Updating That Which Cannot be Changed

by Rabbi Jacob Rupp January 2, 2019
 

 

Anyone who takes a trip to a neighborhood with a large Orthodox community (think istock-459419423Brooklyn or Jerusalem) feels like they are stepping back in time, yet despite the cultural appearances and nuances, Judaism itself is in a tremendous state of ongoing flux and modernization—and it always has been.

This is curious as a fundamental premise of traditional Judaism is that the Torah is “Toras Emes,” i.e. true, and one is not allowed to change it. In fact, in Deuteronomy it says explicitly that anyone who adds or subtracts from the Torah deserves the death penalty. So how can we account for, explain and accept movements and ideologies that are both traditionally valid, yet at the same time completely modern?

Let’s start with something even more fundamental: The Judaism we practice today doesn’t have many of the elements of the ancient days.  We have no Temple (and with that over 300 of the 613 commandments cannot be done.); we no longer practice animal sacrifices; Jewish courts no longer try capital cases.  What is important to consider in this regard is that rather than this being a departure from traditional Judaism, this is in fact allegiance. In Jewish law, much or all of the commandments in the Torah are conditional; they are based on time (the laws of Shabbat for example don’t apply on Thursday), the individual (priests or kohanim have a host of different responsibilities to non kohanim), and location (agricultural laws in Israel do not apply outside of Biblical Israel).

The fact that we don’t practice in many of the ways of our ancestors isn’t a departure at all, but rather staying true to the original document. The factors that were originally present when these laws were in force, are no longer a factor and thus, these commandments cannot be practiced.

But Jewish law aside, how do we account for change? Much or all of the Orthodox Jewish landscape as we see it today is completely different from the world of Moses or Rabbi Akiva, and yet, it is completely in line with traditional Judaism. The message cannot be changed, our task is to constantly make Judaism relevant. We focus not on changing the Torah, but on learning and adopting its essence for each generation.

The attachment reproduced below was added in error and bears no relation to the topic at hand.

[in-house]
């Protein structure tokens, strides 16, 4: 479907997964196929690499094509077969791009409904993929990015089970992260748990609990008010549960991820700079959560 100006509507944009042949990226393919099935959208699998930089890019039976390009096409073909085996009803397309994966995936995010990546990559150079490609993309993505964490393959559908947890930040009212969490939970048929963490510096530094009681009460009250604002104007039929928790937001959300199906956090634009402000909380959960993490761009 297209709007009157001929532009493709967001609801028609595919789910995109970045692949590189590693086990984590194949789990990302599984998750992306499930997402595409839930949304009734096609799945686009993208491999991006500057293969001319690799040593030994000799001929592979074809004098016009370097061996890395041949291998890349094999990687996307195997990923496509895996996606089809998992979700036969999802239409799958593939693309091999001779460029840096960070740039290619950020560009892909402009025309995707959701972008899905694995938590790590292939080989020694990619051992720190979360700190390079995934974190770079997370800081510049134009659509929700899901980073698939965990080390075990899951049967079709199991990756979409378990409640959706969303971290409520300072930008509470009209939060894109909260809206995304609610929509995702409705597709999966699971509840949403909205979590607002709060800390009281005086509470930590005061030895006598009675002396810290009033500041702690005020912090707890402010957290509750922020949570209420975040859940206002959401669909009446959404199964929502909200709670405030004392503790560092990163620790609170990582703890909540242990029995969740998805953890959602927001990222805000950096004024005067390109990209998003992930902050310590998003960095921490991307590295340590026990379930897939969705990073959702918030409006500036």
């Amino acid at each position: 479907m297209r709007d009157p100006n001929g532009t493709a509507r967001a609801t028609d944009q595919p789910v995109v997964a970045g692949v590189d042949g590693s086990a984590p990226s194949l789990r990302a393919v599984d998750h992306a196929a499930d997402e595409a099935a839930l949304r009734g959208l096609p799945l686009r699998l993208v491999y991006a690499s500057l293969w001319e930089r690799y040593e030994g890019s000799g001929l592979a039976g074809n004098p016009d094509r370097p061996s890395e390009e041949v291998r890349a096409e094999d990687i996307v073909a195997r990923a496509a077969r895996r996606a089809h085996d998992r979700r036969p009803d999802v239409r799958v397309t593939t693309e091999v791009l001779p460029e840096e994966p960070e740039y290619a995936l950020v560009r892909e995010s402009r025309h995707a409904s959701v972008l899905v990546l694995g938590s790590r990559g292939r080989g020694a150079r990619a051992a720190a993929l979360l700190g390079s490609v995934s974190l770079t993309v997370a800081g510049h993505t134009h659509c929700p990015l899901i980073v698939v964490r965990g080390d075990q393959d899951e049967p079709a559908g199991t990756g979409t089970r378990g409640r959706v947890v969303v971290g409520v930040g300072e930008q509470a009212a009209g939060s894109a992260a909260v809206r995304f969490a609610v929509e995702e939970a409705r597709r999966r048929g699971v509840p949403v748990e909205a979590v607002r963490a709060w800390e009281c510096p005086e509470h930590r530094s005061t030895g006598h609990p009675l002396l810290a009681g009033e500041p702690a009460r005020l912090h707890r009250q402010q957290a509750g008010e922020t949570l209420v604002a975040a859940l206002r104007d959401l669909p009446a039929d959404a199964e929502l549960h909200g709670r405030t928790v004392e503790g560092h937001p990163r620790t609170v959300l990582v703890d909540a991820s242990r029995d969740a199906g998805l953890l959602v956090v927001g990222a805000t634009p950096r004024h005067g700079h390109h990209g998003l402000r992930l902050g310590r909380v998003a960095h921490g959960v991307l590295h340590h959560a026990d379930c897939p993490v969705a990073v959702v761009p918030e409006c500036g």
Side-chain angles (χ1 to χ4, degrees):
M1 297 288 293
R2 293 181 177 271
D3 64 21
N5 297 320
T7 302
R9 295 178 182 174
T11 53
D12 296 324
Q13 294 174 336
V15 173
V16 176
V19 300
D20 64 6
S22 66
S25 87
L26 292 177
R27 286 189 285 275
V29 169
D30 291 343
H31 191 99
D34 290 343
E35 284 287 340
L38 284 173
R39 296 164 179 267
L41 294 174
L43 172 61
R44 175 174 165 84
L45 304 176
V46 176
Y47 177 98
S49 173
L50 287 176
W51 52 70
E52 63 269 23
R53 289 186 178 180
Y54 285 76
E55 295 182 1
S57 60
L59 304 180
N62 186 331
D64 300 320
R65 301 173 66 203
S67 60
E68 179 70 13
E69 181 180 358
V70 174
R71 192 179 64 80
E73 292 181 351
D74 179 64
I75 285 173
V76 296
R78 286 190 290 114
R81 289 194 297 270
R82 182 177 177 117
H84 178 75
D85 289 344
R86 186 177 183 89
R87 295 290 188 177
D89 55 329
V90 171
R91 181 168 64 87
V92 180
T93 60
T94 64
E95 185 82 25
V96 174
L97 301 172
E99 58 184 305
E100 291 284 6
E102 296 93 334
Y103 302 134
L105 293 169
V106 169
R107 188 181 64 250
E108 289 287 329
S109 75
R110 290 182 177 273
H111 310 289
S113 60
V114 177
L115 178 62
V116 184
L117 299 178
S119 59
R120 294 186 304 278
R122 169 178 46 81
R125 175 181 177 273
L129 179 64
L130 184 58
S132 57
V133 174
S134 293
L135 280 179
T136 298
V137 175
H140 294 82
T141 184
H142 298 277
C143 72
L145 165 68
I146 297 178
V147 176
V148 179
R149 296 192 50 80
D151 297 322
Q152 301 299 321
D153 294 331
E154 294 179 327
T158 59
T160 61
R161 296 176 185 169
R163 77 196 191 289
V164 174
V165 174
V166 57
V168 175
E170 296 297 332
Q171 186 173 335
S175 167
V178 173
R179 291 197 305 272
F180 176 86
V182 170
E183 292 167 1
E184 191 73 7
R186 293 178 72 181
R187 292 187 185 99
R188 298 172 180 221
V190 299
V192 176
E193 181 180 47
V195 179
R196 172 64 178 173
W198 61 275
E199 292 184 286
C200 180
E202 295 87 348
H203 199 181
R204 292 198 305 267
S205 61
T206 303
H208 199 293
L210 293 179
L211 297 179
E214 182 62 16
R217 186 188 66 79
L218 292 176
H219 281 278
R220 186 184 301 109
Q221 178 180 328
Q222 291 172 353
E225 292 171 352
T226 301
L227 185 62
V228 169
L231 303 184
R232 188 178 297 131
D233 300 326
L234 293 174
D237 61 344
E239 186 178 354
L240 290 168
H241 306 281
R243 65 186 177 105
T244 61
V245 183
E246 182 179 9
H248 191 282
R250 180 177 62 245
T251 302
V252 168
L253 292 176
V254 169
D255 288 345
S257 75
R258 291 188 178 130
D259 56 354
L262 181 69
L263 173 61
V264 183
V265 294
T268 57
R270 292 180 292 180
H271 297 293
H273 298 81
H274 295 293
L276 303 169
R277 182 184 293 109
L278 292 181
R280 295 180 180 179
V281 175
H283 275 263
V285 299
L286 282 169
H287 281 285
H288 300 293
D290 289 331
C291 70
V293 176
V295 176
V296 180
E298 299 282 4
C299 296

The massive oral Torah initially was not allowed to be written down. As the name suggests, it was transmitted orally from father to son, teacher to student. But over the millennia, it was codified first as the Mishna in 189 CE, then a few hundred years later in the Gemara and subsequent authorities. This was because whereas before Jews had the luxury of studying in groups and could compare their studies with peers, once they were in exile it became too difficult, so notes of the texts had to be put in writing in order to keep a record of the material.

Until a few hundred years ago, Judaism was taught outside of the classroom; the modern yeshiva (think Torah College) wasn’t completed until 1806, and a network of formalized Jewish education for women was not established until 1917. Despite this, today it’s hard to find any Jewish community in the world that doesn’t send their kids to Jewish day school. Jewish education, which used to be largely the responsibility of the family, is now outsourced to outside professionals.

Maimonides in the Middle Ages was able to translate much of Jewish philosophy into the format and style of the popular Aristotelian logic model. The 1700’s saw the rise of Hasidism in Eastern Europe, a movement that focused on prayer and mysticism, amongst other things. It was directed not at the scholars of the Jewish world, but the largely unlearned, poor working class.

In post-Napoleon Germany amongst the explosive growth of German intellectualism and liberal ideology, Rabbi Samson Raphael Hirsch oversaw the creation of a school system and movement that explained the fundamentals of Judaism and Jewish philosophy in highbrow modern German – in a way that could be understood by the New Age individual.

The Mussar movement also developed in the mid 1800’s. It focused on building character and personal development. Other notable developments of this era were the rise of youth organizations that are the ideological forefathers of the Jewish organizations at high schools and colleges today. The world that developed post WWll, both in Israel and America, saw the rise of an entire group of Jews who spend considerable portions of their adult life studying and teaching Torah, full time. In many ways, this was a concerted effort, with miraculous results, to rebuild that which was destroyed in Europe.

While I can’t claim this article does justice to the tremendous amount of innovation there is within the Jewish world, my hope is to convey that while the Torah doesn’t change, we do. The job of each generation’s scholars and individuals is to learn how to make the Torah relevant, whilst maintaining its original meaning and foundation. While this may sound like a formidable task, it was actually the goal and desire of G-d when He gave the Torah, as He said, “All of our souls (Jews from all backgrounds and all times) stood at Sinai.”

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